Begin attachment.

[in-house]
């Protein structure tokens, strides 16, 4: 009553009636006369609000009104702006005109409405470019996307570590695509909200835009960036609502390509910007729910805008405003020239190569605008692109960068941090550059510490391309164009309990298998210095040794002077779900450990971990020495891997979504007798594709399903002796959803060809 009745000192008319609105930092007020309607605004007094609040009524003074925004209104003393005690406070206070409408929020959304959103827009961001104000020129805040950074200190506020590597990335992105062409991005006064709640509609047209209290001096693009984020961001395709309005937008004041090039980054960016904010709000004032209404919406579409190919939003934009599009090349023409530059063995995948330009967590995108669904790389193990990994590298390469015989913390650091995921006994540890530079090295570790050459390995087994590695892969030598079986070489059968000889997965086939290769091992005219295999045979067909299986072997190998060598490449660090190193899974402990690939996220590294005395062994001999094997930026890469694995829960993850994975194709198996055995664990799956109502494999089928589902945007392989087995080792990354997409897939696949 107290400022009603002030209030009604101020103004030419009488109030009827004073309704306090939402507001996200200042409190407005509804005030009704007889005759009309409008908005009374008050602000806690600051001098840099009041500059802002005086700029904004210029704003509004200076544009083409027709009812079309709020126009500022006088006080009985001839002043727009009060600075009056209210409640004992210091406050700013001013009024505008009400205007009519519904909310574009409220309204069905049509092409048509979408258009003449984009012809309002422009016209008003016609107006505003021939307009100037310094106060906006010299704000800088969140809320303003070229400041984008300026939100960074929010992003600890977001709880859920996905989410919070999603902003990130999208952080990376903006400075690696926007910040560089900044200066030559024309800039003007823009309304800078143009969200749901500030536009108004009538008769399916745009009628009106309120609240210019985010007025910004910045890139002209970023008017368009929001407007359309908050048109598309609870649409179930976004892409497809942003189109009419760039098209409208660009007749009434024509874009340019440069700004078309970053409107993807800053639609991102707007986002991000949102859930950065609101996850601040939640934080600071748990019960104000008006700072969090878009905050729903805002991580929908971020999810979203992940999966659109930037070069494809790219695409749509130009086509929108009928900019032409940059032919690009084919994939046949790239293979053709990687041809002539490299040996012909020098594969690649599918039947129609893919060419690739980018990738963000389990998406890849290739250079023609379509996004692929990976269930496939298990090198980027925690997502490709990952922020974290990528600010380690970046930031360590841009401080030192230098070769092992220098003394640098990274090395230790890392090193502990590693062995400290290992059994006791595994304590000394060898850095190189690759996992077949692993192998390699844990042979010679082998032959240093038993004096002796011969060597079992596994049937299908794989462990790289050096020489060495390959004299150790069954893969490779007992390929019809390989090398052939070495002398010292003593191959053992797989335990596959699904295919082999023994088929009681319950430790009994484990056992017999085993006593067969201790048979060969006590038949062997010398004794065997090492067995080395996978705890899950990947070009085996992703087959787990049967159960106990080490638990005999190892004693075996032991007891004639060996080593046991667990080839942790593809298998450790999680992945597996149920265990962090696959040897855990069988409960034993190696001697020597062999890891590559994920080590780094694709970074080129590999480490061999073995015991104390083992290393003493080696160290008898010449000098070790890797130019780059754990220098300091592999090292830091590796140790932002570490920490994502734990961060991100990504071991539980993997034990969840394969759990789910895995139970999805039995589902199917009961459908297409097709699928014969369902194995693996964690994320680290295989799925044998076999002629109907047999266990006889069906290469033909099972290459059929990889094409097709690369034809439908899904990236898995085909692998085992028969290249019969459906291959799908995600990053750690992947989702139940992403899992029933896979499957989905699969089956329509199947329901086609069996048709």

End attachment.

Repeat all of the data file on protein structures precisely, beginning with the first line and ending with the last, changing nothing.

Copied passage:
[in-house]
């Protein structure tokens, strides 16, 4: 009553009636006369609000009104702006005109409405470019996307570590695509909200835009960036609502390509910007729910805008405003020239190569605008692109960068941090550059510490391309164009309990298998210095040794002077779900450990971990020495891997979504007798594709399903002796959803060809 009745000192008319609105930092007020309607605004007094609040009524003074925004209104003393005690406070206070409408929020959304959103827009961001104000020129805040950074200190506020590597990335992105062409991005006064709640509609047209209290001096693009984020961001395709309005937008004041090039980054960016904010709000004032209404919406579409190919939003934009599009090349023409530059063995995948330009967590995108669904790389193990990994590298390469015989913390650091995921006994540890530079090295570790050459390995087994590695892969030598079986070489059968000889997965086939290769091992005219295999045979067909299986072997190998060598490449660090190193899974402990690939996220590294005395062994001999094997930026890469694995829960993850994975194709198996055995664990799956109502494999089928589902945007392989087995080792990354997409897939696949 107290400022009603002030209030009604101020103004030419009488109030009827004073309704306090939402507001996200200042409190407005509804005030009704007889005759009309409008908005009374008050602000806690600051001098840099009041500059802002005086700029904004210029704003509004200076544009083409027709009812079309709020126009500022006088006080009985001839002043727009009060600075009056209210409640004992210091406050700013001013009024505008009400205007009519519904909310574009409220309204069905049509092409048509979408258009003449984009012809309002422009016209008003016609107006505003021939307009100037310094106060906006010299704000800088969140809320303003070229400041984008300026939100960074929010992003600890977001709880859920996905989410919070999603902003990130999208952080990376903006400075690696926007910040560089900044200066030559024309800039003007823009309304800078143009969200749901500030536009108004009538008769399916745009009628009106309120609240210019985010007025910004910045890139002209970023008017368009929001407007359309908050048109598309609870649409179930976004892409497809942003189109009419760039098209409208660009007749009434024509874009340019440069700004078309970053409107993807800053639609991102707007986002991000949102859930950065609101996850601040939640934080600071748990019960104000008006700072969090878009905050729903805002991580929908971020999810979203992940999966659109930037070069494809790219695409749509130009086509929108009928900019032409940059032919690009084919994939046949790239293979053709990687041809002539490299040996012909020098594969690649599918039947129609893919060419690739980018990738963000389990998406890849290739250079023609379509996004692929990976269930496939298990090198980027925690997502490709990952922020974290990528600010380690970046930031360590841009401080030192230098070769092992220098003394640098990274090395230790890392090193502990590693062995400290290992059994006791595994304590000394060898850095190189690759996992077949692993192998390699844990042979010679082998032959240093038993004096002796011969060597079992596994049937299908794989462990790289050096020489060495390959004299150790069954893969490779007992390929019809390989090398052939070495002398010292003593191959053992797989335990596959699904295919082999023994088929009681319950430790009994484990056992017999085993006593067969201790048979060969006590038949062997010398004794065997090492067995080395996978705890899950990947070009085996992703087959787990049967159960106990080490638990005999190892004693075996032991007891004639060996080593046991667990080839942790593809298998450790999680992945597996149920265990962090696959040897855990069988409960034993190696001697020597062999890891590559994920080590780094694709970074080129590999480490061999073995015991104390083992290393003493080696160290008898010449000098070790890797130019780059754990220098300091592999090292830091590796140790932002570490920490994502734990961060991100990504071991539980993997034990969840394969759990789910895995139970999805039995589902199917009961459908297409097709699928014969369902194995693996964690994320680290295989799925044998076999002629109907047999266990006889069906290469033909099972290459059929990889094409097709690369034809439908899904990236898995085909692998085992028969290249019969459906291959799908995600990053750690992947989702139940992403899992029933896979499957989905699969089956329509199947329901086609069996048709």